ADAA, adoption trauma, child behaviors, child mental health, childhood anxiety, Deborah A. Beasley, foster care, new release, selective mutism, Selective Mutism Foundation, social anxiety, Special Needs, Sweet Pickles The Girl Who Would Not Speak, tips, trauma
(c) 2014 Deborah A. Beasley
If you are the parent of an anxious child, or a child so overwhelmed with fears it renders them unable to speak in certain situations, you are not alone. The root of selective mutism is often trauma and fear. Soothe the fear, create safety for the child, and they will learn to speak freely. Research shows most children first diagnosed with social anxiety or selective mutism are between the ages of four and eight. As the search for answers ensues and therapies begin, parents and teachers wonder what they can do to lessen their child’s anxiety. Below are a few things to remember when raising and working with a child with social anxiety.
Soften the Fear and Reduce Key Stressors
- Decrease or temporarily eliminate overwhelming and stressful situations
- Increase emotional comfort through a consistent, stable and supportive environment
- Reassure children by your soothing presence and understanding
- Increase sensory comfort and calm the internal child (favorite toy or blanket, soft clothing – no tags or seams, decrease harsh lighting and sudden or loud noises. In very stressful situations, children may be comforted by a certain food item, usually a sweet)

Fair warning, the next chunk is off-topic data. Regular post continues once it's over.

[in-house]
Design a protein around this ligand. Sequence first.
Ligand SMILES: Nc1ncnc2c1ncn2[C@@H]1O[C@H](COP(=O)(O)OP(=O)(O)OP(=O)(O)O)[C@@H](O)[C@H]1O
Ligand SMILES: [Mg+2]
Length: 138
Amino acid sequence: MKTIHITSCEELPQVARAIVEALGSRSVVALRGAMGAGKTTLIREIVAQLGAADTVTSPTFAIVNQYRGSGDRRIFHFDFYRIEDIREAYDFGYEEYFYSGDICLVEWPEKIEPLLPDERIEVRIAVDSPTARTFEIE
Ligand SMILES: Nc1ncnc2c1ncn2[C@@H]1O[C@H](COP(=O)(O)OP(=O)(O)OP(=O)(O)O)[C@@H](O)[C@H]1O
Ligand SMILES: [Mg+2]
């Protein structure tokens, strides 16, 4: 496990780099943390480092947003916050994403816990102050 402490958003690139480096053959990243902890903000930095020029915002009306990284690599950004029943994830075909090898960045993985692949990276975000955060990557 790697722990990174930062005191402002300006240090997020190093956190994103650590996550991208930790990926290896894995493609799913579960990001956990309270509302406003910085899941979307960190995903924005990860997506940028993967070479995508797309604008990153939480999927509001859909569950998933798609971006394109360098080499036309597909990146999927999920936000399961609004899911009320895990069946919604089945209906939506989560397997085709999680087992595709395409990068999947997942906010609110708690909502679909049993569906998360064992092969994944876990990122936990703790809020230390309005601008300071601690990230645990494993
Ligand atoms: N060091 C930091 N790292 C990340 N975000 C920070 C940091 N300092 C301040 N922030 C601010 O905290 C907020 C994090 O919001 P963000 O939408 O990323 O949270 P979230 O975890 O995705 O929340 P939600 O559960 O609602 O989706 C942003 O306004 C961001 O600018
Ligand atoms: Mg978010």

- Look for subtle and overt cues of distress (i.e. a frozen or emotionless face, retreating to a corner, hiding under furniture, refusing to leave the car, averting eyes or no eye contact, frozen stature, incessant chatter, obsessive movements)
- Children need immediate attention, intervention, and security when they display feelings of overwhelm, such as yelling, inflexible or obstinate behaviors, screaming, intense crying, fear or trembling, throwing things, hitting, or are physically struggling.
- Ideal interventions begin with early interruption before children become overwhelmed; this permits caregivers an easier path to calming, redirecting, reassuring, and regulating the child.
- Never place demands or conditions on children to speak
- Never judge or belittle children for not being able to speak
- Never use punishment, isolation, or scolding to threaten or frighten children into responding
- Never allow personal frustration or disappointment to influence how you treat children
- Using the above tactics on children with anxiety disorders will worsen symptoms, delay healing, and negatively reinforce unintended patterns of behavior.
Just as Pickles’ mom taught her to sign to help her communicate more effectively until she could speak, parents will discover the best ways to soothe the heart and soul of anxiety in their children. Rather than molding the child to meet life, we sculpt life to meet the child. We trust the child will ultimately be able to grow into the life that surrounds them.
For more information on childhood anxiety disorders contact:
ADAA- The Anxiety and Depression Association of America
The American Speech-Language-Hearing Association
The Selective Mutism Foundation
(Excerpt from the NEW book: Sweet Pickles The Girl Who Would Not Speak, available on amazon.com)